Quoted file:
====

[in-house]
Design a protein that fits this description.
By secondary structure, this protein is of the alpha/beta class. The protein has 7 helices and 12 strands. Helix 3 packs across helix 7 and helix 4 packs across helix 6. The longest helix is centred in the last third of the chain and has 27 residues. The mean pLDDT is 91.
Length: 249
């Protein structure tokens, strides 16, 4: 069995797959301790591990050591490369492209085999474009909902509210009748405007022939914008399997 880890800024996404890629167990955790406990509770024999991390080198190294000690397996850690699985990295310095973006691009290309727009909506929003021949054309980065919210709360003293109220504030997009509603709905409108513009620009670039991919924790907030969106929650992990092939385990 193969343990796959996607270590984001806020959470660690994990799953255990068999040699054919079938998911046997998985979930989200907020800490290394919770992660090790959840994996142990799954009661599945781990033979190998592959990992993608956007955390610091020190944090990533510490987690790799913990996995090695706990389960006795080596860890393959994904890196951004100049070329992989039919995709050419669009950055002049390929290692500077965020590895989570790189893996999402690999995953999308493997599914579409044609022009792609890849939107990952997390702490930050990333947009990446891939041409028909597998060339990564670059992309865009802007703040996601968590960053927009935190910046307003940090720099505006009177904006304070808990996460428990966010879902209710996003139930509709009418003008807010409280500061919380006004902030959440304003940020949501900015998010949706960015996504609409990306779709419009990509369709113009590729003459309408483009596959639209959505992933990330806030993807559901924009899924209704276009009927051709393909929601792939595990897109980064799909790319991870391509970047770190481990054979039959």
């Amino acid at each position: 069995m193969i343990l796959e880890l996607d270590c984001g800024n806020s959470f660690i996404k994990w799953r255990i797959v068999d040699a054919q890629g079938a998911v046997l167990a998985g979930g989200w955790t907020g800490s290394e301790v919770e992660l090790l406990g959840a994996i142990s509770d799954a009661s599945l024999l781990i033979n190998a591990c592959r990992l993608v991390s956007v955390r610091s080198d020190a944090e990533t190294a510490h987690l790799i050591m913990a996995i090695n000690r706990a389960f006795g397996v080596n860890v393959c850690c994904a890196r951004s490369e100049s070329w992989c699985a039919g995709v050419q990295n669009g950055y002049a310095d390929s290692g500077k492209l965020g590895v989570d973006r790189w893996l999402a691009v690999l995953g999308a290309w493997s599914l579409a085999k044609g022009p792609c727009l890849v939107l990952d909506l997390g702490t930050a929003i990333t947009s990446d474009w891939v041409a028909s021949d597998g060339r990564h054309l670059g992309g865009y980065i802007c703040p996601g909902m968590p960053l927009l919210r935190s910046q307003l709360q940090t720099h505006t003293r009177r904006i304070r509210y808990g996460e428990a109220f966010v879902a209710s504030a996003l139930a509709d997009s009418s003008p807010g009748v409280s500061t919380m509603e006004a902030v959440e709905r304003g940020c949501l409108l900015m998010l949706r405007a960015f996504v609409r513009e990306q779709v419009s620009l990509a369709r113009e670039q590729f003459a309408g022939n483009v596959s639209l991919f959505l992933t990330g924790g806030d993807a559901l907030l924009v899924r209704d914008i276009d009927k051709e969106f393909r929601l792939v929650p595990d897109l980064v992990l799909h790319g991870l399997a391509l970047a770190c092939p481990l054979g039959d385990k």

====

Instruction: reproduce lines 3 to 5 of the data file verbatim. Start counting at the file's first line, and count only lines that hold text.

By secondary structure, this protein is of the alpha/beta class. The protein has 7 helices and 12 strands. Helix 3 packs across helix 7 and helix 4 packs across helix 6. The longest helix is centred in the last third of the chain and has 27 residues. The mean pLDDT is 91.
Length: 249
């Protein structure tokens, strides 16, 4: 069995797959301790591990050591490369492209085999474009909902509210009748405007022939914008399997 880890800024996404890629167990955790406990509770024999991390080198190294000690397996850690699985990295310095973006691009290309727009909506929003021949054309980065919210709360003293109220504030997009509603709905409108513009620009670039991919924790907030969106929650992990092939385990 193969343990796959996607270590984001806020959470660690994990799953255990068999040699054919079938998911046997998985979930989200907020800490290394919770992660090790959840994996142990799954009661599945781990033979190998592959990992993608956007955390610091020190944090990533510490987690790799913990996995090695706990389960006795080596860890393959994904890196951004100049070329992989039919995709050419669009950055002049390929290692500077965020590895989570790189893996999402690999995953999308493997599914579409044609022009792609890849939107990952997390702490930050990333947009990446891939041409028909597998060339990564670059992309865009802007703040996601968590960053927009935190910046307003940090720099505006009177904006304070808990996460428990966010879902209710996003139930509709009418003008807010409280500061919380006004902030959440304003940020949501900015998010949706960015996504609409990306779709419009990509369709113009590729003459309408483009596959639209959505992933990330806030993807559901924009899924209704276009009927051709393909929601792939595990897109980064799909790319991870391509970047770190481990054979039959």